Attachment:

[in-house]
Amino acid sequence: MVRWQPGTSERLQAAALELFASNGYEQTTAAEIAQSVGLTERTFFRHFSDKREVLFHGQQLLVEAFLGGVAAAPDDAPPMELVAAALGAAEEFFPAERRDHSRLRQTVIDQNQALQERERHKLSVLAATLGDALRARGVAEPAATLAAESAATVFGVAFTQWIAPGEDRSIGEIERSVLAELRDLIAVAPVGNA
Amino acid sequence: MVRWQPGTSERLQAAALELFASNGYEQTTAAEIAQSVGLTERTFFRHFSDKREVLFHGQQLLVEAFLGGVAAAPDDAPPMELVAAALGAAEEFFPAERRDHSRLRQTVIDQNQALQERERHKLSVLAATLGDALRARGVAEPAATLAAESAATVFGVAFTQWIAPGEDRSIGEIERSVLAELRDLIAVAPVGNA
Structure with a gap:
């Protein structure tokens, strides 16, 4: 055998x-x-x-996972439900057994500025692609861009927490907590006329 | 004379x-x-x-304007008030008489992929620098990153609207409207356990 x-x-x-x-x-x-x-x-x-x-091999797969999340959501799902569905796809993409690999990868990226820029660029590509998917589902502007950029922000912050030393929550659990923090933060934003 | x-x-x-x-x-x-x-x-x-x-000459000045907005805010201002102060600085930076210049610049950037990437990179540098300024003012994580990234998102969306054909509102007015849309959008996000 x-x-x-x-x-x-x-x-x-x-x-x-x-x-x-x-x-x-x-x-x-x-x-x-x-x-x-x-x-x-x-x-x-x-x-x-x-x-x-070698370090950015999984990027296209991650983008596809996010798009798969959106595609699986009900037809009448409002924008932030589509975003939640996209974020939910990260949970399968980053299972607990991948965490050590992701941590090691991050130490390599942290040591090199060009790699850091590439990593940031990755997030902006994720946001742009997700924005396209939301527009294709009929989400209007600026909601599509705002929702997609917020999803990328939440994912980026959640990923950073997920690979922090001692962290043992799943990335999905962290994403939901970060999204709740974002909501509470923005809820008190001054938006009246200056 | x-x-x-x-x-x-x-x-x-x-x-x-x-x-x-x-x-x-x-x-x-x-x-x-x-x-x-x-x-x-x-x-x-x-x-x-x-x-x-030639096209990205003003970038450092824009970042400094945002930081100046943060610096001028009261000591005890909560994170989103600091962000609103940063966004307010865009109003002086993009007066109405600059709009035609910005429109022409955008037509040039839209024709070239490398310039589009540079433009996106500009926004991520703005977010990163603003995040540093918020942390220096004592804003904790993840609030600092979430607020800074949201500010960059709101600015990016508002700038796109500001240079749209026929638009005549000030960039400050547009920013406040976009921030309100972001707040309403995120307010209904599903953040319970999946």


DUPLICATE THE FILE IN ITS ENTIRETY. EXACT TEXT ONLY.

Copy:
[in-house]
Amino acid sequence: MVRWQPGTSERLQAAALELFASNGYEQTTAAEIAQSVGLTERTFFRHFSDKREVLFHGQQLLVEAFLGGVAAAPDDAPPMELVAAALGAAEEFFPAERRDHSRLRQTVIDQNQALQERERHKLSVLAATLGDALRARGVAEPAATLAAESAATVFGVAFTQWIAPGEDRSIGEIERSVLAELRDLIAVAPVGNA
Amino acid sequence: MVRWQPGTSERLQAAALELFASNGYEQTTAAEIAQSVGLTERTFFRHFSDKREVLFHGQQLLVEAFLGGVAAAPDDAPPMELVAAALGAAEEFFPAERRDHSRLRQTVIDQNQALQERERHKLSVLAATLGDALRARGVAEPAATLAAESAATVFGVAFTQWIAPGEDRSIGEIERSVLAELRDLIAVAPVGNA
Structure with a gap:
């Protein structure tokens, strides 16, 4: 055998x-x-x-996972439900057994500025692609861009927490907590006329 | 004379x-x-x-304007008030008489992929620098990153609207409207356990 x-x-x-x-x-x-x-x-x-x-091999797969999340959501799902569905796809993409690999990868990226820029660029590509998917589902502007950029922000912050030393929550659990923090933060934003 | x-x-x-x-x-x-x-x-x-x-000459000045907005805010201002102060600085930076210049610049950037990437990179540098300024003012994580990234998102969306054909509102007015849309959008996000 x-x-x-x-x-x-x-x-x-x-x-x-x-x-x-x-x-x-x-x-x-x-x-x-x-x-x-x-x-x-x-x-x-x-x-x-x-x-x-070698370090950015999984990027296209991650983008596809996010798009798969959106595609699986009900037809009448409002924008932030589509975003939640996209974020939910990260949970399968980053299972607990991948965490050590992701941590090691991050130490390599942290040591090199060009790699850091590439990593940031990755997030902006994720946001742009997700924005396209939301527009294709009929989400209007600026909601599509705002929702997609917020999803990328939440994912980026959640990923950073997920690979922090001692962290043992799943990335999905962290994403939901970060999204709740974002909501509470923005809820008190001054938006009246200056 | x-x-x-x-x-x-x-x-x-x-x-x-x-x-x-x-x-x-x-x-x-x-x-x-x-x-x-x-x-x-x-x-x-x-x-x-x-x-x-030639096209990205003003970038450092824009970042400094945002930081100046943060610096001028009261000591005890909560994170989103600091962000609103940063966004307010865009109003002086993009007066109405600059709009035609910005429109022409955008037509040039839209024709070239490398310039589009540079433009996106500009926004991520703005977010990163603003995040540093918020942390220096004592804003904790993840609030600092979430607020800074949201500010960059709101600015990016508002700038796109500001240079749209026929638009005549000030960039400050547009920013406040976009921030309100972001707040309403995120307010209904599903953040319970999946």